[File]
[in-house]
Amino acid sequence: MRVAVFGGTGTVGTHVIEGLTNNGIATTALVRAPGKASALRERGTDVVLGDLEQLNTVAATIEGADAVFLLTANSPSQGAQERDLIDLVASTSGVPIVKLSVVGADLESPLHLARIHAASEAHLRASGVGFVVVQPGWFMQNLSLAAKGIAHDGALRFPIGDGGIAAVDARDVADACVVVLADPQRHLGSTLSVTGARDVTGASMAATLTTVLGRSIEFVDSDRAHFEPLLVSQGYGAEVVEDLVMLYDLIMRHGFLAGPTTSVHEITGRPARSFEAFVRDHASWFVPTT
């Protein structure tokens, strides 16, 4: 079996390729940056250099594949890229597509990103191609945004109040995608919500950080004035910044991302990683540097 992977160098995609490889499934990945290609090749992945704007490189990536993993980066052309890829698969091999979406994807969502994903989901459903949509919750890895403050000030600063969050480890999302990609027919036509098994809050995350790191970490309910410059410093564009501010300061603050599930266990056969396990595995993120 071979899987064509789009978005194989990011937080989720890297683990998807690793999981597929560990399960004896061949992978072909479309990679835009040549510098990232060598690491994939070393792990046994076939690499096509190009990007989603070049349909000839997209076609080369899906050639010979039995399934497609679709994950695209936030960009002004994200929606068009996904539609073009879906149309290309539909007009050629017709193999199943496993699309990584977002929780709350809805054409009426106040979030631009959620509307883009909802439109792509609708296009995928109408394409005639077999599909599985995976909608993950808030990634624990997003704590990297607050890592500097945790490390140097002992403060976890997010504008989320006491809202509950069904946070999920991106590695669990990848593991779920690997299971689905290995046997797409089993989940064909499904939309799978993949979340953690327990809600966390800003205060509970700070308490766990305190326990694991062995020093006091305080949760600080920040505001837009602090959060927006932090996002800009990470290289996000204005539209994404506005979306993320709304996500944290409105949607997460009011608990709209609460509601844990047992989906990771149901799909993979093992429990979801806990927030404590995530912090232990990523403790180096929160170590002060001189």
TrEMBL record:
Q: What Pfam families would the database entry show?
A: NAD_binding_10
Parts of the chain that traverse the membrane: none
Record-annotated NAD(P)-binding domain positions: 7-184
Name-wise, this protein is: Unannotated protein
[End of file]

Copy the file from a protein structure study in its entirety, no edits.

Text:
[in-house]
Amino acid sequence: MRVAVFGGTGTVGTHVIEGLTNNGIATTALVRAPGKASALRERGTDVVLGDLEQLNTVAATIEGADAVFLLTANSPSQGAQERDLIDLVASTSGVPIVKLSVVGADLESPLHLARIHAASEAHLRASGVGFVVVQPGWFMQNLSLAAKGIAHDGALRFPIGDGGIAAVDARDVADACVVVLADPQRHLGSTLSVTGARDVTGASMAATLTTVLGRSIEFVDSDRAHFEPLLVSQGYGAEVVEDLVMLYDLIMRHGFLAGPTTSVHEITGRPARSFEAFVRDHASWFVPTT
């Protein structure tokens, strides 16, 4: 079996390729940056250099594949890229597509990103191609945004109040995608919500950080004035910044991302990683540097 992977160098995609490889499934990945290609090749992945704007490189990536993993980066052309890829698969091999979406994807969502994903989901459903949509919750890895403050000030600063969050480890999302990609027919036509098994809050995350790191970490309910410059410093564009501010300061603050599930266990056969396990595995993120 071979899987064509789009978005194989990011937080989720890297683990998807690793999981597929560990399960004896061949992978072909479309990679835009040549510098990232060598690491994939070393792990046994076939690499096509190009990007989603070049349909000839997209076609080369899906050639010979039995399934497609679709994950695209936030960009002004994200929606068009996904539609073009879906149309290309539909007009050629017709193999199943496993699309990584977002929780709350809805054409009426106040979030631009959620509307883009909802439109792509609708296009995928109408394409005639077999599909599985995976909608993950808030990634624990997003704590990297607050890592500097945790490390140097002992403060976890997010504008989320006491809202509950069904946070999920991106590695669990990848593991779920690997299971689905290995046997797409089993989940064909499904939309799978993949979340953690327990809600966390800003205060509970700070308490766990305190326990694991062995020093006091305080949760600080920040505001837009602090959060927006932090996002800009990470290289996000204005539209994404506005979306993320709304996500944290409105949607997460009011608990709209609460509601844990047992989906990771149901799909993979093992429990979801806990927030404590995530912090232990990523403790180096929160170590002060001189």
TrEMBL record:
Q: What Pfam families would the database entry show?
A: NAD_binding_10
Parts of the chain that traverse the membrane: none
Record-annotated NAD(P)-binding domain positions: 7-184
Name-wise, this protein is: Unannotated protein